The Quiet Seriousness of the Sognefjord

Ludwig Wittgenstein’s house 30 steep meters aboven Lake Eidsvatnet Lake in Skjolden in Sogn is finally rebuilt after 60 years

Knut Olav Åmås
Columnist, director of the Fritt Ord Foundation

June 19, 2019

Exactly 200 years ago, Norway was truly discovered by the artists who traveled to Sogn. A hundred years later, the same landscape was rediscovered by the 20th century’s foremost philosopher, Ludwig Wittgenstein.

These were two essentially different discoveries – carried out by the Norwegian forerunners of national romance and a philosopher in exile from the intellectual metropolises of Vienna and Cambridge.

The pictures of Norway

One of the greatest exhibitions of national romantic art opened in June 2019 in the splendor of the Munthe House in Ytre Kroken in Luster. Three miles farther, inwards the Sognefjord’s inner arm Lustrafjord, Wittgenstein’s small log house was reopened after being dismantled for 60 years. Two different houses in the same strong landscape.

What happened in Sogn 200 years ago was the start of a new phase in Norwegian identity history. What happened at the same place a hundred years ago was a new direction for philosophy – not just one historic philosophical turn, but two.

The artists Johannes Flintoe and William Maximilian Carpelan left the mountain from Christiania separately in the summer of 1819. They exhibited their pictures the following year at Tegneskolen and aroused attention: this art, these images of Norwegian nature and people came to play a key role in art history and culminated in the national romanticism flowering around 1850.

View of Johannes Flintoe’s painting Skjolden with Eidsvatnet, against Fortundalen in Sogn, 1834. Owner: Norsk Kultursenter, Pål Sagen.
The philosopher Ludwig Wittgenstein’s house is today on the mountainside to the left.

The mountains, the fjords, the people

The military and artistic family Munthe created contacts between the parish and the artists in Christiania in the years after 1814, and both Norwegian and foreign painters continued to travel there in the decades beyond the 1800s.The Munthe house became thus an intense and rich artist environment, located where they found their main motives: the mountains, the waterfalls, the fjords, the folk culture and the people’s life.

Among the works of art EXHIBITED in the Munthe house from 1763 are also Tidemand, Gude, JC Dahl – and Carl Johan Fahlcrantz’s lithographs for Esais Tegnérs Frithiofs saga from 1825, based on the Icelanders’ story about Fridtjov the maiden, who grew up in Sogn.

And there is another cultural-historical connection between the two markings in Luster: in the wake of many Germans’ and Austrians’ “Drang nach Norden” and Emperor Wilhelm II’s annual travel to Sogn for 25 years, the philosopher Ludwig Wittgenstein also sailed into the Sognefjord in the fall of 1913 and saw the Emperor’s gift to the Norwegian people at Vangsnes, the 22 meter high Fridtjov statue.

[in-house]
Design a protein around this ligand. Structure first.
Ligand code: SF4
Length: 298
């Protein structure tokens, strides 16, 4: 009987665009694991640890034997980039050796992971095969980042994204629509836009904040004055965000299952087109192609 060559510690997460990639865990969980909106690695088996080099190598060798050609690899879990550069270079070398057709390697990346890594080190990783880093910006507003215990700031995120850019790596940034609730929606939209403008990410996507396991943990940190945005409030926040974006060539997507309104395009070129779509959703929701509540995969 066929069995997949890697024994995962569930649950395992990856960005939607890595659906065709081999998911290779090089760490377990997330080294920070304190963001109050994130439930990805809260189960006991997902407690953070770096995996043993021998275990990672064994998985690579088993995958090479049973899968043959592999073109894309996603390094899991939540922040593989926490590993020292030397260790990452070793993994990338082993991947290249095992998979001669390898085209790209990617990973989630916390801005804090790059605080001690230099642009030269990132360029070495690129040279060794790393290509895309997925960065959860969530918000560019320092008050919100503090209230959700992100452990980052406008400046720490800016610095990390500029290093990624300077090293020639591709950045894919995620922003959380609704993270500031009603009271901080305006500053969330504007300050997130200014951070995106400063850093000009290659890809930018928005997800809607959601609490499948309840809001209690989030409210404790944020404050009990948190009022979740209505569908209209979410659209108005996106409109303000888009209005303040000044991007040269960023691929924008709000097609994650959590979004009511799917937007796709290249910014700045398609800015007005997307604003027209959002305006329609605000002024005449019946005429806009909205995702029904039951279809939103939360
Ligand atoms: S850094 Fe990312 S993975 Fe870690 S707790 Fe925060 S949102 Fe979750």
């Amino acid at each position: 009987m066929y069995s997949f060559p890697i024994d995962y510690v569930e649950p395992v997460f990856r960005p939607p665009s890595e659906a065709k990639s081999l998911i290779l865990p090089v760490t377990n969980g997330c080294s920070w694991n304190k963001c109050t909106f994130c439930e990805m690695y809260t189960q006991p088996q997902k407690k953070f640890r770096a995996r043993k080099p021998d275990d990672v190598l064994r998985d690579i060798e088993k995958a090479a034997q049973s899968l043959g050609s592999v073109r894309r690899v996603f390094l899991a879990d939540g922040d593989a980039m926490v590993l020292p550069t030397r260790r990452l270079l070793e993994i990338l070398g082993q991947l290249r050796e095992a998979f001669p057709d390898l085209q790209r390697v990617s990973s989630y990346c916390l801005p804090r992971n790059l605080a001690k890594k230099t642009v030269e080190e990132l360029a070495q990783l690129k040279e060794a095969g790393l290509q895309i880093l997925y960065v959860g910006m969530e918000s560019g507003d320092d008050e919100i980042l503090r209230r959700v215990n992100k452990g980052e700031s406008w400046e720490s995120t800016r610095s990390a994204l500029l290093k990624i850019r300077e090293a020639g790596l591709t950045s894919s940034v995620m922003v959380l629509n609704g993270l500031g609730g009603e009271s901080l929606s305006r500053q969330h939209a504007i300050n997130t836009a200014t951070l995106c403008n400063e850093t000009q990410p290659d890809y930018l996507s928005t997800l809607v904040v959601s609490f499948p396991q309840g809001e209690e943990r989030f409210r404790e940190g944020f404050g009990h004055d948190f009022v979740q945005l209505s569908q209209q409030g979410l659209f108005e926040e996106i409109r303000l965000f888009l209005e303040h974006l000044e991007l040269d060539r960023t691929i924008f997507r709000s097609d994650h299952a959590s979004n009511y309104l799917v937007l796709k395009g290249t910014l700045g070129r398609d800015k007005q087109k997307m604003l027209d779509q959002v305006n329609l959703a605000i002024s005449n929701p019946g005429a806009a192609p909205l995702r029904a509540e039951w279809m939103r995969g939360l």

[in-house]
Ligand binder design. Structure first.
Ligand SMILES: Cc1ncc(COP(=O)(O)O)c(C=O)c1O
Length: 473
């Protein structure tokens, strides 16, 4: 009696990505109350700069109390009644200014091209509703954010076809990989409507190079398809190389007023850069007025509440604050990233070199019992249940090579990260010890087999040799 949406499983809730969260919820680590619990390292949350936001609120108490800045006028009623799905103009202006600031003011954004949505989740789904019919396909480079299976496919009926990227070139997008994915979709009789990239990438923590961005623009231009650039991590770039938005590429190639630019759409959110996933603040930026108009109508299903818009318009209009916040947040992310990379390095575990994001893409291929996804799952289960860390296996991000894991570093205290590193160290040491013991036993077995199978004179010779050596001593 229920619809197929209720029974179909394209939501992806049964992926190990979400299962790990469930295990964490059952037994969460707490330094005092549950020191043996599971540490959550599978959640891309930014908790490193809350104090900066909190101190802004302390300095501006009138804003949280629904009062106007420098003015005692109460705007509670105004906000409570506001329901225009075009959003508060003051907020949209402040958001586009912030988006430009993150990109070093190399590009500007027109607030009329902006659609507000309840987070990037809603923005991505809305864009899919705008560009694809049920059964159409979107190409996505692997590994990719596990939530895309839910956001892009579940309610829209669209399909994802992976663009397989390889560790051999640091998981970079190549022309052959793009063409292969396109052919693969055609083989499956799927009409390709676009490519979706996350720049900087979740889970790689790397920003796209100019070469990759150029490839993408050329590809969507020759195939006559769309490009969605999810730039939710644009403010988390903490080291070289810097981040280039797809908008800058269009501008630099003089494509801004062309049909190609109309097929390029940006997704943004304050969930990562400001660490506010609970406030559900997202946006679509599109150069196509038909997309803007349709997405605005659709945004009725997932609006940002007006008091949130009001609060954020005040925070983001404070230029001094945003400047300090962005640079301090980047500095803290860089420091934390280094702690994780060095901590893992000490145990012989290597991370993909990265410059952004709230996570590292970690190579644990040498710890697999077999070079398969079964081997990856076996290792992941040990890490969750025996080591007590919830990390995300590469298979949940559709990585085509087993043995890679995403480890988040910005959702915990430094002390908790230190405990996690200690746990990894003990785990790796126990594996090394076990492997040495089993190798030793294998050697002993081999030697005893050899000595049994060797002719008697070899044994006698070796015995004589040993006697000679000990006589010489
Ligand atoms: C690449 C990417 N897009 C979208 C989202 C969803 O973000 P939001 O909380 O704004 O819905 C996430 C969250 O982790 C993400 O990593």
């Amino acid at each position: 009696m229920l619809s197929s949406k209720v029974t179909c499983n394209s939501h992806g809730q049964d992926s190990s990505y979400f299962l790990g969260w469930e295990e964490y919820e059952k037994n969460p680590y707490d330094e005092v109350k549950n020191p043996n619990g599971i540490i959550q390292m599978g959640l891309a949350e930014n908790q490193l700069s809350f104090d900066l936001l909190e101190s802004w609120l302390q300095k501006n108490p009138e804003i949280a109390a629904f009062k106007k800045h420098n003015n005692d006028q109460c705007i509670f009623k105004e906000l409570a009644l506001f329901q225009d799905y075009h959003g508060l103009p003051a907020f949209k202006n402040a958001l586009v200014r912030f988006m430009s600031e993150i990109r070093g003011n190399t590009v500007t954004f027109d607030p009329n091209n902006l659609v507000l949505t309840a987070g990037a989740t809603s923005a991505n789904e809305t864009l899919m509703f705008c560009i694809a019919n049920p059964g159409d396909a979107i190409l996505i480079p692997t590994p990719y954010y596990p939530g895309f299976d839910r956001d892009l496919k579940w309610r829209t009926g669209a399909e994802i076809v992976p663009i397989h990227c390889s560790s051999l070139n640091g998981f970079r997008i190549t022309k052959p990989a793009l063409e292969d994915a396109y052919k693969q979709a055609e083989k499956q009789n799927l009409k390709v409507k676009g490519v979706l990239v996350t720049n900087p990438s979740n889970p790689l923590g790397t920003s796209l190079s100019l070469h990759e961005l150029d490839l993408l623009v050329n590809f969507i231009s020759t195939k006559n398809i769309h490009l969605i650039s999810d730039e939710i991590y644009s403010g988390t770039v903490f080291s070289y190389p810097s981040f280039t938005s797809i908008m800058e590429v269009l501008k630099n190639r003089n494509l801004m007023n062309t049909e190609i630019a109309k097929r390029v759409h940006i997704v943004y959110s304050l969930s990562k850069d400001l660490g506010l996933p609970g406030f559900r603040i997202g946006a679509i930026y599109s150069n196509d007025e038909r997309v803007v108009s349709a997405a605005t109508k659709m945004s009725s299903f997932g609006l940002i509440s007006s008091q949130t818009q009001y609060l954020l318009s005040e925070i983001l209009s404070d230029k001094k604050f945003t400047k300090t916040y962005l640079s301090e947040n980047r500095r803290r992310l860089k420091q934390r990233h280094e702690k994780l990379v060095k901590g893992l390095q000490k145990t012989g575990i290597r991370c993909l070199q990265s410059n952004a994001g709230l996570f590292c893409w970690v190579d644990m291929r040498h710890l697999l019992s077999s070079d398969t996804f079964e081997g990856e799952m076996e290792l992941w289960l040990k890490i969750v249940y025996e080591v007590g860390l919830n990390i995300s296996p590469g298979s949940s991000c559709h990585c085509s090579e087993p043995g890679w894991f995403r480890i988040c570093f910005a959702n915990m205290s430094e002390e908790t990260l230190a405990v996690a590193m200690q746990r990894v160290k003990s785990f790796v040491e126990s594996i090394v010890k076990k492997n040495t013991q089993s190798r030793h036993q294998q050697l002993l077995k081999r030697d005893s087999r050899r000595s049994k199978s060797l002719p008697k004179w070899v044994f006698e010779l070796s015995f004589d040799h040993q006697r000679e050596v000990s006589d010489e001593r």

Philosopher in exile

The 24-year-old Wittgenstein was a philosopher in exile, on a voluntary “escape” both from one of Austria-Hungary’s greatest family fortunes, which he wanted to be independent from, as well as from England’s sharpest philosophers at Cambridge – a place which the genius apparently found distracting.

Wittgenstein exiled himself several times in his life – went to Wales, Ireland and Norway. In Skjolden in Sogn, he spent altogether two years between 1913 and 1950. The foundation of his early thinking was laid there (Tractatus Logico-Philosophicus) and important parts of the late philosophy were written (Philosophical Investigations).

Wittgenstein’s travels astonished many in Vienna and Cambridge, not least his teacher and friend Bertrand Russell: “I said it would be dark, and he said he hated daylight. I said it would be lonely, and he said he prostituted his mind talking to intelligent people. I said he was mad, and he said God preserve him from sanity. (God certainly will.)”

Wittgenstein’s house can be seen in the mountainside on the left. © Jon Bolstad

Calm and concentration

But Wittgenstein traveled back, again and again, and achieved his most productive periods in Skjolden: “I can’t imagine that I could have worked anywhere as I do here. It’s the quiet and, perhaps, the wonderful landscapes; I mean, its quiet seriousness.”

For 60 years, there was only the empty foundation of Wittgenstein’s house on a steep mountain side, called “Austria” (Østerrike) by the locals. In 1919 Wittgenstein gave the house as a gift to a friend in Skjolden, but continued to live there himself when visiting Norway.

Fortunately, after the demolition, care was taken of all the timber, roof tiles and windows, and now the solid, small house has finally been restored and opened. Perhaps it can be a place of work for thinkers and artists for part of the year.

1819 and 1919. Two houses. Two centuries. Quite different people created the basis for national romance and for new philosophy. But they saw the same landscape: the quiet seriousness of the Sognefjord.

Knut Olav Åmås is Executive Director of the Fritt Ord Foundation. He is also a columnist in Aftenposten. Dr. Åmås is member of the Board of Directors of the Wittgenstein Initiative.

This article was first published in Aftenposten on 20 June 2019.
Translation by Knut Olav Åmås and Radmila Schweitzer